Confusion at the highest levels over Iraq strategy
Australia’s most senior military advisers are at odds over the best strategy for Iraq.
Two days ago, the former Chief of Army, Peter Leahy, warned in the Australian against mission creep and any combat role for Australian Diggers:
“Now head of strategic studies at the University of Canberra, Professor Leahy said he was not convinced that accompanying Iraqi troops into battle was the solution to the problem. “I want to see a much bigger effort from Iraqis and their regional allies,” he said.
“Too much is being asked of the coalition and committing Australian troops to close combat is going too far. We have to see Iraqis involved in combat and fighting for their own country rather than relying on us. We can support them with non-combat elements such as logistics training and equipment.”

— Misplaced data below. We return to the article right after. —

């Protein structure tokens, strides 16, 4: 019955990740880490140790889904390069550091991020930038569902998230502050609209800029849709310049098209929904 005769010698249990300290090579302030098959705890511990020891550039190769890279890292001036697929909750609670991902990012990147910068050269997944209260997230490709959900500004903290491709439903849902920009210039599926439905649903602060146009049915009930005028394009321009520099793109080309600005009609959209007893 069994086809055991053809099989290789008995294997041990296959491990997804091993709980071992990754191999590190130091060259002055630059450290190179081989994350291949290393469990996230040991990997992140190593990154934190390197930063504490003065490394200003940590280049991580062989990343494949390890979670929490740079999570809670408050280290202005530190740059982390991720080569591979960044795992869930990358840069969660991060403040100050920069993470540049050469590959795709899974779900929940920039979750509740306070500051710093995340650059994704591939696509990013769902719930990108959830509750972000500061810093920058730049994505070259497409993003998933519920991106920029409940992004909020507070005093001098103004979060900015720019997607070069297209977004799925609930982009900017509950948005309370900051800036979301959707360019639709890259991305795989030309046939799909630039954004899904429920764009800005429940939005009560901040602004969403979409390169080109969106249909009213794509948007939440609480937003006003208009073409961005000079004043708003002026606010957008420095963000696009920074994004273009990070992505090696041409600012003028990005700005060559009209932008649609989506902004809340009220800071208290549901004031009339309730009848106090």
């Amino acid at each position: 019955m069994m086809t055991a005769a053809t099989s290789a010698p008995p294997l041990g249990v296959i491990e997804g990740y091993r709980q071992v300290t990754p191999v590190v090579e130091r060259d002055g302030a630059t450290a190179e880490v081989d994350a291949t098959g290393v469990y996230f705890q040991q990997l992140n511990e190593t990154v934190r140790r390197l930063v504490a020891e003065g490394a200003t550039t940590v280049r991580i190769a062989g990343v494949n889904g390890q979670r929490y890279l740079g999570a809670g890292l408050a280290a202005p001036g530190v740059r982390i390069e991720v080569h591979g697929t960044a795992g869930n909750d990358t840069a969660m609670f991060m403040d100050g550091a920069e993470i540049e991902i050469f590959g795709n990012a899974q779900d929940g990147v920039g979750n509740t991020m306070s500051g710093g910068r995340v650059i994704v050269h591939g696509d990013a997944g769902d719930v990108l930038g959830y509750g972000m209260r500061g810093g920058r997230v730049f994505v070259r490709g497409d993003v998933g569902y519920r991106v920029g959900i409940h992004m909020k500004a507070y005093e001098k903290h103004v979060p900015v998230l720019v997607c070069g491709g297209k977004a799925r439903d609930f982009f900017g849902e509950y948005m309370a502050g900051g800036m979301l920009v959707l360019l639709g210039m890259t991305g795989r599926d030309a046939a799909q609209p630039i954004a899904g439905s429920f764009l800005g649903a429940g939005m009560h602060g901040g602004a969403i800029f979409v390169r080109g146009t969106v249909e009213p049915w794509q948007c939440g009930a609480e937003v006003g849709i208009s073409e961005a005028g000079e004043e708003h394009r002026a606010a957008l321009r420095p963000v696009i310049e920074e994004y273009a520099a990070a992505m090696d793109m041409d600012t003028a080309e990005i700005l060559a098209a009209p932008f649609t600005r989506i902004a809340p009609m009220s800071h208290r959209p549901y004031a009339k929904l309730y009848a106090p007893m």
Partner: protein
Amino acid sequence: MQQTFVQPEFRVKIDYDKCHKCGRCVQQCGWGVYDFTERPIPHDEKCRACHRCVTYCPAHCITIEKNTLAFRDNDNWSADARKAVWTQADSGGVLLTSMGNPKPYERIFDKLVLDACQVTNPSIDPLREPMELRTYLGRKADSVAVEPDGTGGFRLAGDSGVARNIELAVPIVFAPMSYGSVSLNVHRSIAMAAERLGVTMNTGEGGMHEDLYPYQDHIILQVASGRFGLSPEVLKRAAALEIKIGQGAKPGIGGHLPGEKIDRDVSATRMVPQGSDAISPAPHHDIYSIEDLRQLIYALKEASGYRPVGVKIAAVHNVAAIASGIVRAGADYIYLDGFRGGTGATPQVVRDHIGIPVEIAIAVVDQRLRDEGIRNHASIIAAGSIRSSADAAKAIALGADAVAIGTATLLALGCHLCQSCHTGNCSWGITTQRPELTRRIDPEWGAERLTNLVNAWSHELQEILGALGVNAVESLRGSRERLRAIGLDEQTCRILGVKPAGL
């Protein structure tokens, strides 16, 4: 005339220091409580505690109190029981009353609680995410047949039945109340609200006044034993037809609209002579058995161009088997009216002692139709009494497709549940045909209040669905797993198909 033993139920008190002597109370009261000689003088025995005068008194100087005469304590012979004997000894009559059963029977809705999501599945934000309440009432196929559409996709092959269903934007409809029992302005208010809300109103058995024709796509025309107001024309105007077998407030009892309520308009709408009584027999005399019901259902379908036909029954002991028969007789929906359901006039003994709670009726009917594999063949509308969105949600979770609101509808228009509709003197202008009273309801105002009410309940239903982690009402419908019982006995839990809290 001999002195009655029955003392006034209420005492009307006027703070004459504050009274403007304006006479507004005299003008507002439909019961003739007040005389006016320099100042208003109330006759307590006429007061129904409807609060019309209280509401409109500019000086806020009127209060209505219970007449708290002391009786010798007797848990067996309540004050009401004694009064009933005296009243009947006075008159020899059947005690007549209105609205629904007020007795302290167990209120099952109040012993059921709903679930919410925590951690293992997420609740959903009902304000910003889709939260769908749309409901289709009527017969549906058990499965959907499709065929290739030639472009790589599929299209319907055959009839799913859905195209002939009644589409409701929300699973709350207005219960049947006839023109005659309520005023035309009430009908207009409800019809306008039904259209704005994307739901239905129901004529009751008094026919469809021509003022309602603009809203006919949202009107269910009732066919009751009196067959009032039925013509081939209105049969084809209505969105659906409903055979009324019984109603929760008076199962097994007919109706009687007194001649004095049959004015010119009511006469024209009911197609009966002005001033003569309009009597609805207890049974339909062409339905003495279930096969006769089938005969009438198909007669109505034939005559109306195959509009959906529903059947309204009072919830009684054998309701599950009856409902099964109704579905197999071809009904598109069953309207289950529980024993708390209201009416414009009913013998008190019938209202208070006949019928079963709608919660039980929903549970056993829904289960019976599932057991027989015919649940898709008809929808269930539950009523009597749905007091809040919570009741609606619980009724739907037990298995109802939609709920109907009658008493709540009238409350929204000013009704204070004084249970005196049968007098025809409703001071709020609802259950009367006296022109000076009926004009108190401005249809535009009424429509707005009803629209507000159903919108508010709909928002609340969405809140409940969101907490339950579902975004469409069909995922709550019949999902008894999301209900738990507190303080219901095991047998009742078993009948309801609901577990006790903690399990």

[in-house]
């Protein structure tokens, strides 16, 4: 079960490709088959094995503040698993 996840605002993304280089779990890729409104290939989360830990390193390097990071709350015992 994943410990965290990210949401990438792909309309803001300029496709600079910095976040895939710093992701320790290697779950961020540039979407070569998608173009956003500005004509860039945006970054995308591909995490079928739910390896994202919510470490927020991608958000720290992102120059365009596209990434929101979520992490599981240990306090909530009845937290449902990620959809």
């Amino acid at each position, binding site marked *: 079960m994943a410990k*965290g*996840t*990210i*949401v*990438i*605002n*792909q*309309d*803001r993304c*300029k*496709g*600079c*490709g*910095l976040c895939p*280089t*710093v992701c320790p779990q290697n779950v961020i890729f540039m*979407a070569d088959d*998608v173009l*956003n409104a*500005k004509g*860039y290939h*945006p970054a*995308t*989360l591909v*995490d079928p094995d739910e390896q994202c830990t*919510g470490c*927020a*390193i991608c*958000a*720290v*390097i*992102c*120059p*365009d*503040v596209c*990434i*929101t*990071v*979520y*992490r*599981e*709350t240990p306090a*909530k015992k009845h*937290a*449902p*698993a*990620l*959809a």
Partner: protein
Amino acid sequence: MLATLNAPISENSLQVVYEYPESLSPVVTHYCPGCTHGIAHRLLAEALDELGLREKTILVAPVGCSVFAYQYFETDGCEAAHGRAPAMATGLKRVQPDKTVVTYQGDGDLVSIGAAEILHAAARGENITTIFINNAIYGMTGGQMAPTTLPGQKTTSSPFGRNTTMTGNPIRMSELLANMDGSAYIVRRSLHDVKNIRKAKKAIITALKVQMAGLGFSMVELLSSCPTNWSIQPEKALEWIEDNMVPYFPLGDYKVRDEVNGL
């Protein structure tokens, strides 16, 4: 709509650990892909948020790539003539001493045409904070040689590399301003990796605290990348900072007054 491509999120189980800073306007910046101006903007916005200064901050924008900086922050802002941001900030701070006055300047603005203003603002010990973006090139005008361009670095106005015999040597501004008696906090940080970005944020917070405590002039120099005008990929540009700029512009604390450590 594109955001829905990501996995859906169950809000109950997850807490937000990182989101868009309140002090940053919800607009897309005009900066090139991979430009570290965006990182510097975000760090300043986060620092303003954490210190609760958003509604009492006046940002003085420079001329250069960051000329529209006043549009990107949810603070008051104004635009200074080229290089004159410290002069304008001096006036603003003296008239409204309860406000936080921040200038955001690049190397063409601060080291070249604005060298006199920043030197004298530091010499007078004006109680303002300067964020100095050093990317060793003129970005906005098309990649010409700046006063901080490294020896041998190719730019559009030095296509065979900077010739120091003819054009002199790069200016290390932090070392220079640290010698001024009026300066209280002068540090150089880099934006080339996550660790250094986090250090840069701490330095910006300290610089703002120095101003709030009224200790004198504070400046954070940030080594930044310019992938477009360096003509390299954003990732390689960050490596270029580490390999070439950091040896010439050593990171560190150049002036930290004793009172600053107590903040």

Meanwhile, another former general, Jim Molan, has called for Australian soldiers to deploy with Iraqi forces, as reported online in the Sydney Morning Herald:
Retired army general Jim Molan, who has significant sway within the Abbott government, has called for Australian and allied troops to deepen their involvement in Iraq by entering the battlefield to prop up shaky local forces.
Mr Molan, a retired major-general who oversaw coalition operations in Iraq in 2004 and 2005, said the current training approach was not enough, as the recent rout of Iraqi forces in the key city of Ramadi showed.
Instead, he has made a dramatic call for Australia, US and other allied troops to start going “beyond the wire” of training camps and accompanying local forces on the battlefield to boost their confidence.
Training them under the current plan was “going to take 100 years” to get them up to scratch, he said.
The fact that these two senior and experienced former Army officers are at odds over Australia’s direction in Iraq is not necessarily a bad thing. More than anything, we need to know what the goal is and a public debate will hopefully force the government to clarify that.
I’m more concerned that no senior political or military figure has been able to articulate if there is a strategy at all.